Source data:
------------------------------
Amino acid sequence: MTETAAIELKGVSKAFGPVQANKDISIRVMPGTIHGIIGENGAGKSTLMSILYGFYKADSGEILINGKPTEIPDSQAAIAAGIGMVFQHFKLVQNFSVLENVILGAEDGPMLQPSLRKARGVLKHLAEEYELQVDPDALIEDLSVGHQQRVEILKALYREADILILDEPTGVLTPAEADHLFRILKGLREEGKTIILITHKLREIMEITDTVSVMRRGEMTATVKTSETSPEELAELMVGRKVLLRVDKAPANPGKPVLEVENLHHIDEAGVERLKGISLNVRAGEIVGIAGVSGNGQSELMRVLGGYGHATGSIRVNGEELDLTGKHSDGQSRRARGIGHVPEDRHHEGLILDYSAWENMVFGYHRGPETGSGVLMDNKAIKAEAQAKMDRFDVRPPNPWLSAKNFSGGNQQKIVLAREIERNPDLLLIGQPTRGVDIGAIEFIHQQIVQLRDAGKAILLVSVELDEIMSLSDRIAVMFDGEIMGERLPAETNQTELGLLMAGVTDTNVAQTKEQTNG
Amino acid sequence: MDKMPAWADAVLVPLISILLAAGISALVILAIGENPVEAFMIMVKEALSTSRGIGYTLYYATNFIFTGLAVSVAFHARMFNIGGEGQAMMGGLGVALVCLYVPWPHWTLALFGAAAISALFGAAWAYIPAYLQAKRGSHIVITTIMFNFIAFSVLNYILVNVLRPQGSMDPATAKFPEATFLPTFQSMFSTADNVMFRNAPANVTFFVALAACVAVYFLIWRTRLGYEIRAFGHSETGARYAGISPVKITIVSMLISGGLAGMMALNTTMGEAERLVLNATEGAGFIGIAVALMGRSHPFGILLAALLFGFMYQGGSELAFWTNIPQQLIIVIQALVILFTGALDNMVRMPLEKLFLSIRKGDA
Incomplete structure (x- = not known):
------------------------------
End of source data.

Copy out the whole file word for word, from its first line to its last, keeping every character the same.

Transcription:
Amino acid sequence: MTETAAIELKGVSKAFGPVQANKDISIRVMPGTIHGIIGENGAGKSTLMSILYGFYKADSGEILINGKPTEIPDSQAAIAAGIGMVFQHFKLVQNFSVLENVILGAEDGPMLQPSLRKARGVLKHLAEEYELQVDPDALIEDLSVGHQQRVEILKALYREADILILDEPTGVLTPAEADHLFRILKGLREEGKTIILITHKLREIMEITDTVSVMRRGEMTATVKTSETSPEELAELMVGRKVLLRVDKAPANPGKPVLEVENLHHIDEAGVERLKGISLNVRAGEIVGIAGVSGNGQSELMRVLGGYGHATGSIRVNGEELDLTGKHSDGQSRRARGIGHVPEDRHHEGLILDYSAWENMVFGYHRGPETGSGVLMDNKAIKAEAQAKMDRFDVRPPNPWLSAKNFSGGNQQKIVLAREIERNPDLLLIGQPTRGVDIGAIEFIHQQIVQLRDAGKAILLVSVELDEIMSLSDRIAVMFDGEIMGERLPAETNQTELGLLMAGVTDTNVAQTKEQTNG
Amino acid sequence: MDKMPAWADAVLVPLISILLAAGISALVILAIGENPVEAFMIMVKEALSTSRGIGYTLYYATNFIFTGLAVSVAFHARMFNIGGEGQAMMGGLGVALVCLYVPWPHWTLALFGAAAISALFGAAWAYIPAYLQAKRGSHIVITTIMFNFIAFSVLNYILVNVLRPQGSMDPATAKFPEATFLPTFQSMFSTADNVMFRNAPANVTFFVALAACVAVYFLIWRTRLGYEIRAFGHSETGARYAGISPVKITIVSMLISGGLAGMMALNTTMGEAERLVLNATEGAGFIGIAVALMGRSHPFGILLAALLFGFMYQGGSELAFWTNIPQQLIIVIQALVILFTGALDNMVRMPLEKLFLSIRKGDA
Incomplete structure (x- = not known):